Based on the foundation from last time, we can now turn our attention to our view-models. How can we use our dependency injection framework to construct each view model on demand?

As a starting point, our CreateContainer() method needs to register all our ViewModelBase implementations:

// Register ViewModels

Given a state instance, we want a ViewModel instance that wraps that state. In order to achieve this, we need a factory method with a signature like this:

public ViewModelBase Create<T>(T state) { ... }

How does this factory method know which view model to create? I’ve decided to go with an approach based on a simple naming convention.

The names of the model type and view model type are related by a simple transformation: the suffix ViewModel will be added to the name of the model type. Optionally, the last word will be removed from the name of the model type before the suffix is applied.

Model Type Transformation View Model Type
VocabularyWord + "ViewModel" VocabularyWordViewModel
VocabularyBrowserScreen - "Screen" + "ViewModel" VocabularyBrowserViewModel
AddVocabularyWordScreen - "Screen" + "ViewModel" AddVocabularyWordViewModel

Let’s create a service class called ViewModelFactory that we’ll inject anywhere we need to be able to create view models. We begin with a method to find the appropriate view model class for a given model type:

public static Type FindViewModelType(Type modelType)
    var desktopAssembly = typeof(ViewModelBase).Assembly;
    var modelTypeName = modelType.Name;
    var viewModelTypeNames = new HashSet<string>()

The set viewModelTypeNames contains all of the candidate type names that we’re looking for. Using a set in this fashion allows us to easily extend the naming convention in the future.

We now search for one of those types. Using SingleOrDefault() ensures that we’ll throw an exception if multiple matches are found.

    var viewModelType = (
        from type in desktopAssembly.GetExportedTypes()
        where type.IsClass && !type.IsAbstract
        where viewModelTypeNames.Contains(type.Name)
        select type

    return viewModelType;

We can now write the factory method described above:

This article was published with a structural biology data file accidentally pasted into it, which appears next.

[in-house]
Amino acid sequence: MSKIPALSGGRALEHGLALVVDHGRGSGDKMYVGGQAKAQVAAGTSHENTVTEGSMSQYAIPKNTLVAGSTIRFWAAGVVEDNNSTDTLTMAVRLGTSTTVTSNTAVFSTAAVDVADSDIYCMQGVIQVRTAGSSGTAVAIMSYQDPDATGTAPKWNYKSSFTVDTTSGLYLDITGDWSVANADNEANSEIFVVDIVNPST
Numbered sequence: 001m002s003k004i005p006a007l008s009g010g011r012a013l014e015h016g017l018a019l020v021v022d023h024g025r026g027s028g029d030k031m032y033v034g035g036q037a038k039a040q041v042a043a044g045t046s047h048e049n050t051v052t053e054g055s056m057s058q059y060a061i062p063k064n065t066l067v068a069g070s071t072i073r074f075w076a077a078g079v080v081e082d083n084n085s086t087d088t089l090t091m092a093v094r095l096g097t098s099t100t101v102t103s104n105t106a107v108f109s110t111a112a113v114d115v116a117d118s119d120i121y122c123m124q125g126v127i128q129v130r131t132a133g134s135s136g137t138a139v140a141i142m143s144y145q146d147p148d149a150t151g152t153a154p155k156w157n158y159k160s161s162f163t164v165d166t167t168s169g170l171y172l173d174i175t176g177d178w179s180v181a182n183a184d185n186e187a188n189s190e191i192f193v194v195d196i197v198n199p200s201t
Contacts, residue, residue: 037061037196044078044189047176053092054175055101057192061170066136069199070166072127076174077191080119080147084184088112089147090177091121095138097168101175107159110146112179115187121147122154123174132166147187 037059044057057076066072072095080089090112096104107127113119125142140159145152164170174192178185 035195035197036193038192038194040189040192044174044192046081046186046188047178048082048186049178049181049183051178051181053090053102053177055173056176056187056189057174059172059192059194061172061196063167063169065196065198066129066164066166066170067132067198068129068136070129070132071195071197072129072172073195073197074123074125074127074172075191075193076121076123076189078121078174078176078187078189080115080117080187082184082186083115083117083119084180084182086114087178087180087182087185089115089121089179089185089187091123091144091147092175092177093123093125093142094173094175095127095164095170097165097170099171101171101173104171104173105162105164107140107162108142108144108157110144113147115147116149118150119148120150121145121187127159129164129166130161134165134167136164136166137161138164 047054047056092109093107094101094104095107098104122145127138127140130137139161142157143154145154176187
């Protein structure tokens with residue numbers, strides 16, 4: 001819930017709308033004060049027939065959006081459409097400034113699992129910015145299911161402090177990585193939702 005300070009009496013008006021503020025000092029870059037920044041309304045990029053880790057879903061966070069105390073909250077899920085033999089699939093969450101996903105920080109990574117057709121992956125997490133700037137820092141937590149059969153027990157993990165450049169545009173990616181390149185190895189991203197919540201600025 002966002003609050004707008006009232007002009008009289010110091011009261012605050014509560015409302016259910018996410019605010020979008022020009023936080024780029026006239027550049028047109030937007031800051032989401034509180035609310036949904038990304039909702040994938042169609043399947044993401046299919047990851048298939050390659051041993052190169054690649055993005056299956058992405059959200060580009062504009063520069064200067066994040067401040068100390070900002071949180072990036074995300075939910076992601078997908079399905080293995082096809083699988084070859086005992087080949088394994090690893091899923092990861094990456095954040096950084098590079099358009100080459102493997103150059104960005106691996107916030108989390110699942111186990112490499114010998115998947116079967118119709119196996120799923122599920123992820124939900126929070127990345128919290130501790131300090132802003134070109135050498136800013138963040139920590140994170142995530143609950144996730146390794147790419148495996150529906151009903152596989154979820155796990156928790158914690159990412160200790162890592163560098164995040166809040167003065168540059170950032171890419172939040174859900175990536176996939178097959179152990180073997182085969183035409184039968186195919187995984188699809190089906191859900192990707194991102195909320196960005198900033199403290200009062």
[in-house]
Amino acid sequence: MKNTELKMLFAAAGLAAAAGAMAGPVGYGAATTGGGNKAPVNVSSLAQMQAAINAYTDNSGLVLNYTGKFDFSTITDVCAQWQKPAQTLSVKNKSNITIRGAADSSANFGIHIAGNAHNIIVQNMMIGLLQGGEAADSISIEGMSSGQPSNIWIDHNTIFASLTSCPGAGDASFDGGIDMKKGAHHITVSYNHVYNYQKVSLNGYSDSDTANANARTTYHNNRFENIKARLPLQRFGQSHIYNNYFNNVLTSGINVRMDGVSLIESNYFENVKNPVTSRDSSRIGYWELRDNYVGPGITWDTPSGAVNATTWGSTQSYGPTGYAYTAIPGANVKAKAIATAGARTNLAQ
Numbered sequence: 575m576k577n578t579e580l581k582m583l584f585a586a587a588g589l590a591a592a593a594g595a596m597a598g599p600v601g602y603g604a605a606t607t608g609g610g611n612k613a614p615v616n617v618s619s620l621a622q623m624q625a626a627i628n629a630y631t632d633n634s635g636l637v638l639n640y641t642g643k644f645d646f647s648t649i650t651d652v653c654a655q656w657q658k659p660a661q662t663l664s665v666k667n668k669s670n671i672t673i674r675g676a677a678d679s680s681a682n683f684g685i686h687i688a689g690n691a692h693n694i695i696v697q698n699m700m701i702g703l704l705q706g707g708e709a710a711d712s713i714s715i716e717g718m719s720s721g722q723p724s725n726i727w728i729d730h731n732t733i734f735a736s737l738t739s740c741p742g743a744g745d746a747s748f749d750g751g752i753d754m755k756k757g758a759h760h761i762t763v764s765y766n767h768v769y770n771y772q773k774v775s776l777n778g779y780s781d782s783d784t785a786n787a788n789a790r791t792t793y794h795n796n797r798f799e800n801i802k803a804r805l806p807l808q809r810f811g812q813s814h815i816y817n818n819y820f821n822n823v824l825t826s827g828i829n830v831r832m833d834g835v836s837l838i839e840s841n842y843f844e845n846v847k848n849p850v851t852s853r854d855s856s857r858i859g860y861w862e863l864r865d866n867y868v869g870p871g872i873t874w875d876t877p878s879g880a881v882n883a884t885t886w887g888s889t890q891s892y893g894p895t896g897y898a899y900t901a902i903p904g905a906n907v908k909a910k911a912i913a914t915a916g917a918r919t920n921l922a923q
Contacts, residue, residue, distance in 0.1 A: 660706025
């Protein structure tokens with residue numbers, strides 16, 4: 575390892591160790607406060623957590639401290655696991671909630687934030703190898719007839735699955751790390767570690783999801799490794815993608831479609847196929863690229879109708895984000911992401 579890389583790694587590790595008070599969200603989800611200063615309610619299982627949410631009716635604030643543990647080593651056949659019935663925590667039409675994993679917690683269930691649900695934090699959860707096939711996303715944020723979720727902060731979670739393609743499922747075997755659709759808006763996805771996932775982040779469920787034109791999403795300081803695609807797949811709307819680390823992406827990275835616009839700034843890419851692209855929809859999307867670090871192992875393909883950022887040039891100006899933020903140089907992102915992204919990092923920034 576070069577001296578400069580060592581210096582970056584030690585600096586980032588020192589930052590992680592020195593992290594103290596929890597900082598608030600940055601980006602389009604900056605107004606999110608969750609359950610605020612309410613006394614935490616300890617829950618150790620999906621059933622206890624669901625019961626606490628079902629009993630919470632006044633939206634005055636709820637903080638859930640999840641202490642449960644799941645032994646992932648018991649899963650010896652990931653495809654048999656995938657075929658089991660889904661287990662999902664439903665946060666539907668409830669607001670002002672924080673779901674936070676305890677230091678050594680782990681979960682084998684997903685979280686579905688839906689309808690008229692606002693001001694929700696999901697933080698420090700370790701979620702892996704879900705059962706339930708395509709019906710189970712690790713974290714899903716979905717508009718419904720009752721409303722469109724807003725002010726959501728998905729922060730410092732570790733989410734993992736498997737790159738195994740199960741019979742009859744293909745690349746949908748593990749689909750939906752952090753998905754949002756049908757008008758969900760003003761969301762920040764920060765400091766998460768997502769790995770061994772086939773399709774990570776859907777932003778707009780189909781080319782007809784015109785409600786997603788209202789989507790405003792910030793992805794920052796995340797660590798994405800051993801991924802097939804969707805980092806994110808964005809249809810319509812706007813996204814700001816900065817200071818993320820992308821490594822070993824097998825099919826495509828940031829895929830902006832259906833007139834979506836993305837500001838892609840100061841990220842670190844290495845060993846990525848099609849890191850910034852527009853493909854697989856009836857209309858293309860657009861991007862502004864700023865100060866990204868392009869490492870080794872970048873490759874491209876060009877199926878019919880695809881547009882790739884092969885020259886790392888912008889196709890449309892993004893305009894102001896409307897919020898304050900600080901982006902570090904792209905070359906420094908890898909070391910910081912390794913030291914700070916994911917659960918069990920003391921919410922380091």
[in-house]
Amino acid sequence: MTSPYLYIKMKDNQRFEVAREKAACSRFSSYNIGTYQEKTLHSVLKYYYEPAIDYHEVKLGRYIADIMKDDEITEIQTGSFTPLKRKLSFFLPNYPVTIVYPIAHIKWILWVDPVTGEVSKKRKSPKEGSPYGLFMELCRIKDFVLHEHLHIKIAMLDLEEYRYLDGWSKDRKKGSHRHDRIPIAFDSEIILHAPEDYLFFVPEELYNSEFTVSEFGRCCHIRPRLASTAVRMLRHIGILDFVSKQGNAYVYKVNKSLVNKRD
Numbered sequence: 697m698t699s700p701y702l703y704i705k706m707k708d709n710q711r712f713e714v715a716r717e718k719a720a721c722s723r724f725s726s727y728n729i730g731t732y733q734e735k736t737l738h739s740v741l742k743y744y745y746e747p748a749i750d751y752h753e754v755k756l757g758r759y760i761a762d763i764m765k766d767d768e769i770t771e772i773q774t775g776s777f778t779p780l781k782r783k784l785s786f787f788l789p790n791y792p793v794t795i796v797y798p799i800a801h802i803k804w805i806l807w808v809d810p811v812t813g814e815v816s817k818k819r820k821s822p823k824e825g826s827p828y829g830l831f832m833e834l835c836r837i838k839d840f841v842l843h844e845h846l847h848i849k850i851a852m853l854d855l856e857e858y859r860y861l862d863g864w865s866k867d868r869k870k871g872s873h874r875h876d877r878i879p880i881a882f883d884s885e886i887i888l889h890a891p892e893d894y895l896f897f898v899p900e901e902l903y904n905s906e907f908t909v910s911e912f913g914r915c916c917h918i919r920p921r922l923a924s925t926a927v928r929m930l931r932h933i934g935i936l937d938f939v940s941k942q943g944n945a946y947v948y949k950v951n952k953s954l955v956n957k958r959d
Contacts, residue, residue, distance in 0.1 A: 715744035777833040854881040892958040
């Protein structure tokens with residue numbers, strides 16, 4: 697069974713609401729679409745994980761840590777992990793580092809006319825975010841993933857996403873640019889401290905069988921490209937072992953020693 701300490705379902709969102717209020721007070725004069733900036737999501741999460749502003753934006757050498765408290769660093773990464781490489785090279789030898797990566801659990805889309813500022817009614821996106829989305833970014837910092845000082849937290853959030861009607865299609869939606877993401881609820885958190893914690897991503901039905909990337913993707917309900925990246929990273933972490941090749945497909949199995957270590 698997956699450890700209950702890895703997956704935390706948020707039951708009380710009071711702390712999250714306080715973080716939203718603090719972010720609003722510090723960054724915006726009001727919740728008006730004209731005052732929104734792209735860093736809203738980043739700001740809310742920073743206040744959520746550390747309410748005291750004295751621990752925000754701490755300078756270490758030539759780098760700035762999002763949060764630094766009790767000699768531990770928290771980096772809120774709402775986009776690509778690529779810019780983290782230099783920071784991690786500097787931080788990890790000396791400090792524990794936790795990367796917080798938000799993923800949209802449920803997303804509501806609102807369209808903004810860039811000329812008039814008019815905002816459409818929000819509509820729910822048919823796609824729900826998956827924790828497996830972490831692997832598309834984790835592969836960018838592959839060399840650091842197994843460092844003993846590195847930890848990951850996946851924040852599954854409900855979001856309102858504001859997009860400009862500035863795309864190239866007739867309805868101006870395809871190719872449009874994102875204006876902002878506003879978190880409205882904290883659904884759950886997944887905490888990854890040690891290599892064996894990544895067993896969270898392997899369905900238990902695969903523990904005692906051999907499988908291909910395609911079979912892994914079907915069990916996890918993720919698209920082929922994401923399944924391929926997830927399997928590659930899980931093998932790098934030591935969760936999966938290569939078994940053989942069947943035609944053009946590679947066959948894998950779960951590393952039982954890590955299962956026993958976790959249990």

public ViewModelBase Create<T>(T state)
    where T : class
    var modelType = state.GetType();
    viewModelType = FindViewModelType(modelType);

    if (viewModelType == null)
        throw new InvalidOperationException(
            $"Failed to find ViewModel class for model type '{modelType.Name}'.");

    return (ViewModelBase)_container.GetInstance(viewModelType);

In the interests of brevity, and to focus on the actual implementation logic, I’ve elided both parameter checking and caching from the method above.

Note that we don’t have to explicitly register this factory class with our container; automatic registration would take care of this for us. However, the documentation for SimpleInjector reads:

Tip: Even though Simple Injector can create a concrete type even if it hasn’t been registered explicitly in the container, best practice is to register all types explicitly in the container.

So we’ll add the following into CreateContainer():

// Register Factories

Being explicit about having just one shared instance of ViewModelFactory across the whole application is useful - not least because that maximizes the usefulness of caching the results of our type lookup.

Our next step is to create a view model to represent the entire application - so far we’ve bypassed that, pushing the view model for a particular screen into place manually.

public class WordTutorViewModel : ViewModelBase
    private readonly IReduxStore<WordTutorApplication> _store;
    private readonly ViewModelFactory _factory;

Our constructor gains an additional parameter, allowing the factory to be injected.

    public WordTutorViewModel(
        IReduxStore<WordTutorApplication> store,
        ViewModelFactory factory)
        _store = store;
        _factory = factory;


Our CurrentScreen property is a little unusual. The various view models used for different screens don’t implement IEquatable<T>, so we can’t use our existing UpdateProperty() method. There’s no value in adding IEquatable<T> because we’ll only be changing screens when our underlying application state changes; so we implement the property ourselves.

    private ViewModelBase _currentScreen;

    public ViewModelBase CurrentScreen
        get => _currentScreen;
            if (!ReferenceEquals(value, _currentScreen))
                _currentScreen = value;

To finish, we have a method that updates CurrentScreen, using our factory to create the appropriate view model to suit the active screen.

    private void UpdateFromStore()
        CurrentScreen = _factory.Create(_store.State.CurrentScreen);

Our application entry point Main() also gets an update; it now uses the container to create our global view model. We hook it up to the screen by assigning it to the DataContext property of the main window.

var mainModel = container.GetInstance<WordTutorViewModel>();
var mainWindow = new MainWindow();
mainWindow.DataContext = mainModel;

Next time, we’ll wire up dependency injection for our views. This will allow us to substantially simplify the code in Main().

Prior post in this series:
Dependency Injection: Core
Next post in this series:
Dependency Injection: Views


blog comments powered by Disqus